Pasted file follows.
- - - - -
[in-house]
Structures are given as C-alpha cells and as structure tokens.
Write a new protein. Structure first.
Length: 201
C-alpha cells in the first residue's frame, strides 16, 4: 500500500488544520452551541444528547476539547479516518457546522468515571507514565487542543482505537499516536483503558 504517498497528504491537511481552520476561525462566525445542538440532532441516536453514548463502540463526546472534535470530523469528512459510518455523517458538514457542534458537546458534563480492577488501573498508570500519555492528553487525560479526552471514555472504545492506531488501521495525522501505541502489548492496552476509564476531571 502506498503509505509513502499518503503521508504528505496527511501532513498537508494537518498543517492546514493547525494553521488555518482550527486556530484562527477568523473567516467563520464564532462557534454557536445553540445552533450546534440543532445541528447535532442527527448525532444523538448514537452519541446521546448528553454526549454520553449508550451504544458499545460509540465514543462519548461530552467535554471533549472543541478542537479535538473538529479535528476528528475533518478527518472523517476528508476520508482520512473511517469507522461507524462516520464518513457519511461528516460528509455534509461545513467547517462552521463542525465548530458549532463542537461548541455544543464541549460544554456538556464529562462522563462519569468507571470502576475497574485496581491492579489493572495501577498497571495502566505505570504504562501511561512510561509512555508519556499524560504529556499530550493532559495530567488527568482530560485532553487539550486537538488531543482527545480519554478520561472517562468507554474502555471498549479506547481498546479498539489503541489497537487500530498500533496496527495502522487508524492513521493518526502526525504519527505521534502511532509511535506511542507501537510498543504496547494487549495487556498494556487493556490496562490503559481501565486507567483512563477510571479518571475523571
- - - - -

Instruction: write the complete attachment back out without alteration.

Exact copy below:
[in-house]
Structures are given as C-alpha cells and as structure tokens.
Write a new protein. Structure first.
Length: 201
C-alpha cells in the first residue's frame, strides 16, 4: 500500500488544520452551541444528547476539547479516518457546522468515571507514565487542543482505537499516536483503558 504517498497528504491537511481552520476561525462566525445542538440532532441516536453514548463502540463526546472534535470530523469528512459510518455523517458538514457542534458537546458534563480492577488501573498508570500519555492528553487525560479526552471514555472504545492506531488501521495525522501505541502489548492496552476509564476531571 502506498503509505509513502499518503503521508504528505496527511501532513498537508494537518498543517492546514493547525494553521488555518482550527486556530484562527477568523473567516467563520464564532462557534454557536445553540445552533450546534440543532445541528447535532442527527448525532444523538448514537452519541446521546448528553454526549454520553449508550451504544458499545460509540465514543462519548461530552467535554471533549472543541478542537479535538473538529479535528476528528475533518478527518472523517476528508476520508482520512473511517469507522461507524462516520464518513457519511461528516460528509455534509461545513467547517462552521463542525465548530458549532463542537461548541455544543464541549460544554456538556464529562462522563462519569468507571470502576475497574485496581491492579489493572495501577498497571495502566505505570504504562501511561512510561509512555508519556499524560504529556499530550493532559495530567488527568482530560485532553487539550486537538488531543482527545480519554478520561472517562468507554474502555471498549479506547481498546479498539489503541489497537487500530498500533496496527495502522487508524492513521493518526502526525504519527505521534502511532509511535506511542507501537510498543504496547494487549495487556498494556487493556490496562490503559481501565486507567483512563477510571479518571475523571